Talking Additive Manufacturing for Mass Production with ENGINEERING.com

Last month’s RAPID + TCT 2017 Conference was an exciting event for 3Diligent as we got to speak with so many industry publications about what we’re doing here at 3Diligent and what trends we’re seeing in the industry.

I’m pleased to share that this week ENGINEERING.com posted an interview with me entitled “VIDEO: Is Additive Manufacturing Evolving for Mass Production?” Here’s an excerpt of the post and a preview of what we discuss in the video interview:

Large production runs have long been the holy grail in the additive manufacturing industry, so how can we move this technology from prototyping and one-off applications into something capable of mass production? In the video above we speak with Cullen Hilkene, CEO of 3Diligent, about how this change is coming about.

You can see the entire video here or if you don’t have time for the video, the editor has posted excerpts summarizing our discussion below the video.

We’re excited to share with you and the media about what we’re doing at 3Diligent – stay tuned for more exciting news soon!

Talking 3D Printing Trends with MCADCafé at RAPID + TCT 2017

Last month we attended the RAPID + TCT 2017 Conference in Pittsburgh. RAPID + TCT is North America’s preeminent event for discovery, innovation, and networking in 3D manufacturing and at our booth we displayed parts from a number of our rapid manufacturing technologies – including HP’s recently released Jet Fusion printer.

While at the show, we had the opportunity to meet with Jeff Rowe of MCADCafé, an online publication delivering the latest MCAD industry commentary, news, product reviews, articles, events and resources.

I spoke with Jeff about 3D Printing industry trends we’re seeing including an increase in metal and production applications and downward pressure on pricing, making additive manufacturing more accessible.

You can see the interview in its entirety here.

3Diligent Releases State of Professional and Industrial 3D Printing Report

Make Better 3D Printing Decisions: 3Diligent’s State of Professional and Industrial 3D Printing Special Report is now Available

Earlier this month we announced initial findings from our “State of Professional and Industrial 3D Printing Report,” and today we’re pleased to share that the full report is complete and available for download.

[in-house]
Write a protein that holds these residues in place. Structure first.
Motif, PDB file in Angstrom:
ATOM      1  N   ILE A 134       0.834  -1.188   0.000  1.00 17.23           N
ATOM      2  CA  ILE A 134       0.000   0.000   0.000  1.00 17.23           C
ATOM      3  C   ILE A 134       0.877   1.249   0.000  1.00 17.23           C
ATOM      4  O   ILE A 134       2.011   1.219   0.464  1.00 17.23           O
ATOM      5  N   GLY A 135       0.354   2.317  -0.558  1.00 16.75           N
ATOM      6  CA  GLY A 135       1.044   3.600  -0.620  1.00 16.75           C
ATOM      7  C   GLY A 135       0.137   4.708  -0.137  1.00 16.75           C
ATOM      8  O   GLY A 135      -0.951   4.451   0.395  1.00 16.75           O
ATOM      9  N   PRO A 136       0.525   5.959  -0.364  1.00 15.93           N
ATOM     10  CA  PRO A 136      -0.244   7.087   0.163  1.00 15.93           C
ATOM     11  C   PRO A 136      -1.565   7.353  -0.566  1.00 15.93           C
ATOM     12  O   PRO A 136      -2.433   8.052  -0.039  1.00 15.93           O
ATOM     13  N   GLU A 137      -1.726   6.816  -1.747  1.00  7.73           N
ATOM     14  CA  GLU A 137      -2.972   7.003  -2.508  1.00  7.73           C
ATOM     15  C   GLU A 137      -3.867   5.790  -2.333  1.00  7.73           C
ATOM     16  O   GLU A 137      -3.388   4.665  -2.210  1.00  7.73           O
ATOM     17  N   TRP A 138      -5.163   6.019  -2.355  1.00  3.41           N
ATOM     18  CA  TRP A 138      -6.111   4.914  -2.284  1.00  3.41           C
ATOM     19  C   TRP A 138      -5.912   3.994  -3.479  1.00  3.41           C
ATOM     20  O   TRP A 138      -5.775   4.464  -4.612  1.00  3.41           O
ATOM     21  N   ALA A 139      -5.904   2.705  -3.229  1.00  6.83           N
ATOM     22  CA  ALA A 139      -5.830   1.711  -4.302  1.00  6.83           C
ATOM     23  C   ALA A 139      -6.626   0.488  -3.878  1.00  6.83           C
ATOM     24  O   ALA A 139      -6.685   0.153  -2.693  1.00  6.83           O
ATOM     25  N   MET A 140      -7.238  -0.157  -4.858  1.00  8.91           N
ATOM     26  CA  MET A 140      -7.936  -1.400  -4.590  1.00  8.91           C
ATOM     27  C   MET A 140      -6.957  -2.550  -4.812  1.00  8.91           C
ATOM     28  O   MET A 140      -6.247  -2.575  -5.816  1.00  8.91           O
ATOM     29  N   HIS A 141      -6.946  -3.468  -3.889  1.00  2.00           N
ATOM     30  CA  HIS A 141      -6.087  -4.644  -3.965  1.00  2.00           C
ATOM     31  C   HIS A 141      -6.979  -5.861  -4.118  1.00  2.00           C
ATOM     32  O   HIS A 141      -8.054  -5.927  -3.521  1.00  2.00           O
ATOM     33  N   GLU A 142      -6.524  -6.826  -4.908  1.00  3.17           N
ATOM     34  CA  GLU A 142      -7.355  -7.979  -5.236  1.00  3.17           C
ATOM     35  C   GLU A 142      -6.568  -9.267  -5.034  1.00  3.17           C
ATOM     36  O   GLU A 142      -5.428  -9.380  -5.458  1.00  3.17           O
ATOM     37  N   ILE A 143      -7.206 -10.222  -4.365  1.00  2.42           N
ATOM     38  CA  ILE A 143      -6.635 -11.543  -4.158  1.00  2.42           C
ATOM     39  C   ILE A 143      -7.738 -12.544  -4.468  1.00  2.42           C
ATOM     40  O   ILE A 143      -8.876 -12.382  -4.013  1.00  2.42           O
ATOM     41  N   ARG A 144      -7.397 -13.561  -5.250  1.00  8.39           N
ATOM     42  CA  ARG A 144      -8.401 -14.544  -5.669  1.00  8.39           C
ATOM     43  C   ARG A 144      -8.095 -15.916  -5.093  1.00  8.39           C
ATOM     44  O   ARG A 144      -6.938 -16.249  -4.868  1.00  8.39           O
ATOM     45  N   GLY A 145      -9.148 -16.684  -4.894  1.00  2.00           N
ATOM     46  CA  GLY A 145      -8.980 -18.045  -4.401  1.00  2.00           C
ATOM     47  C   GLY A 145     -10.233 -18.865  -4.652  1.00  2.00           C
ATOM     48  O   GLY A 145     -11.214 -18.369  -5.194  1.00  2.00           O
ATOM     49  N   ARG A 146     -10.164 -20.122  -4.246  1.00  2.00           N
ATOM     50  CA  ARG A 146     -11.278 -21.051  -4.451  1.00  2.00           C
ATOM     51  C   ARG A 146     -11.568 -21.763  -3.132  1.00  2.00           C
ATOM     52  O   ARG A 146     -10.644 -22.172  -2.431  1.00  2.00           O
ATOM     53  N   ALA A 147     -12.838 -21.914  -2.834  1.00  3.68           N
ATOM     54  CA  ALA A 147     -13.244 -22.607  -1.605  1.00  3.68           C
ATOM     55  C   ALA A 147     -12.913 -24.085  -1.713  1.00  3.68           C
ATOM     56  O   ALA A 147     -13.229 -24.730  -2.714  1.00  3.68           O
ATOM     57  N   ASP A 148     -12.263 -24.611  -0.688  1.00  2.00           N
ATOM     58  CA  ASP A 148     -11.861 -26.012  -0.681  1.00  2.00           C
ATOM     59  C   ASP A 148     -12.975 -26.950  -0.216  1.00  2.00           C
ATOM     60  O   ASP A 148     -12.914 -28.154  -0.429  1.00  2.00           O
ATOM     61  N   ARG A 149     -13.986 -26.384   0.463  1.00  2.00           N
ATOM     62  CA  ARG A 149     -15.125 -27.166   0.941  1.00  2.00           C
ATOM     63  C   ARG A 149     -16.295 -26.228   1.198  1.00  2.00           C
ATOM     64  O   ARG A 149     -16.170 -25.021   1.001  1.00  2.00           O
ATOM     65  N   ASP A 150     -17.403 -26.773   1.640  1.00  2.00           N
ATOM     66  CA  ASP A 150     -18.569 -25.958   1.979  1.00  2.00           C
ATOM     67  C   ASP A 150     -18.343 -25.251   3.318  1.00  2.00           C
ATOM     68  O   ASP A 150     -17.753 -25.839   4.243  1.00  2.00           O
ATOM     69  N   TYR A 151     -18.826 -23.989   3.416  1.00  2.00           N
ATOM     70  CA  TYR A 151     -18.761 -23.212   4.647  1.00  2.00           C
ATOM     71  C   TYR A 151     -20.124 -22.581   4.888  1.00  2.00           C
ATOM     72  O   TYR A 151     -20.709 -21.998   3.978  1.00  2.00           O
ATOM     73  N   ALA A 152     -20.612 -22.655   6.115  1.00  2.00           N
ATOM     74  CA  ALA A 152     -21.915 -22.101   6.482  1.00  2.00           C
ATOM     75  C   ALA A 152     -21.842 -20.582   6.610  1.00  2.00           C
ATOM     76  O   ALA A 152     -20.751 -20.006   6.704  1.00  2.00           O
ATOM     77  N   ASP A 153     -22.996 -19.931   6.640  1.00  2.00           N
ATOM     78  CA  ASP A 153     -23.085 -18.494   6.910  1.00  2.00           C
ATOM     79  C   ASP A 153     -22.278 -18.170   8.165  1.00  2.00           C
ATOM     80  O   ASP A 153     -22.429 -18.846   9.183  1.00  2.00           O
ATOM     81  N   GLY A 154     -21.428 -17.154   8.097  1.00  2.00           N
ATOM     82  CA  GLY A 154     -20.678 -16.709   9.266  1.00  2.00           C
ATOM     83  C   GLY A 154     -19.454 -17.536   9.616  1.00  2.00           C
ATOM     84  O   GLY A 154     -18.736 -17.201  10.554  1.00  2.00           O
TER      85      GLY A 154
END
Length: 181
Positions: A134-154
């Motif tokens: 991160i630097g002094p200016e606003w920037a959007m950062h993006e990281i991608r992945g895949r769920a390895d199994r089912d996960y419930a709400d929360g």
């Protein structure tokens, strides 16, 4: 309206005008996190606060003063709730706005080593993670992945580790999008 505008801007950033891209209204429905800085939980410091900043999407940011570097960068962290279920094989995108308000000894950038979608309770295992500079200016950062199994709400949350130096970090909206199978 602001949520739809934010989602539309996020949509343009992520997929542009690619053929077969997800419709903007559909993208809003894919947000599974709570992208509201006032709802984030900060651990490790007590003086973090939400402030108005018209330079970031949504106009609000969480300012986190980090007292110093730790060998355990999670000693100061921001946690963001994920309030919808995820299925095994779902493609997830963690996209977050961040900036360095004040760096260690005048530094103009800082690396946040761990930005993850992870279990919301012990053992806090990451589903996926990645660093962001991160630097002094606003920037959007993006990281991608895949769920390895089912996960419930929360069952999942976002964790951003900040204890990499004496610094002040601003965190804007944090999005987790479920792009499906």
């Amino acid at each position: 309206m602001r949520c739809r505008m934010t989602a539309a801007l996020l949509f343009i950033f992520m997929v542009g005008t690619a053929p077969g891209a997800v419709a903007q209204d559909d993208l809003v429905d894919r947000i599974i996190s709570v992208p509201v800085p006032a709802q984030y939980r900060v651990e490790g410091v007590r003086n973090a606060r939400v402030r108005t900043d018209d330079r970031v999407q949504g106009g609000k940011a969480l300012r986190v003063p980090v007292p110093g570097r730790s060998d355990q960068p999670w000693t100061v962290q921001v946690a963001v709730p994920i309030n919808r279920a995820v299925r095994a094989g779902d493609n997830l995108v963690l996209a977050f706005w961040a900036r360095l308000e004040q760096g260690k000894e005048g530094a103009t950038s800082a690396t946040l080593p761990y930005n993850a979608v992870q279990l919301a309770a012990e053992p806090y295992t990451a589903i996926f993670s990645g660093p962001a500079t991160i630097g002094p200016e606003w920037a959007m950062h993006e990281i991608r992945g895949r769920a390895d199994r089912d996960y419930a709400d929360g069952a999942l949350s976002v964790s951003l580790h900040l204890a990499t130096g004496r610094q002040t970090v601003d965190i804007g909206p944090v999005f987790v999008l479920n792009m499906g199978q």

The report is compiled of data analyzed from a sampling of 1000 bids and 100 orders over the period of 2015-2016.  The report covers the 3D printing hype cycle, the emergence of metal printing, the state of polymer printing, pricing variability, along with critical analysis from 3Diligent’s CEO Cullen Hilkene detailing the implications of these findings.

Here’s an excerpt:

For the past several years, there has been a lot of talk about metal printing, but there have also been some persistent questions in the market as to whether there was real substance behind the news headlines.  After all, it’s been several years since we all heard the first exciting stories of lightweight aerospace parts and next-generation medical implants, but finding business people – let alone end consumers – who can say that metal 3D Printed parts meaningfully impact their day-to-day life is a challenge. 

The activity we have seen suggests that the interest and use for metal printing truly is growing rapidly.  While metal printing does not yet represent the lion’s share of 3Diligent projects, it is far and away the fastest growing material category.  This confirms that metal printing is not simply a curiosity, but is growing in interest and traction with customers. 

You may download the report by following this link…

3Diligent State of Professional and Industrial 3D Printing Special Report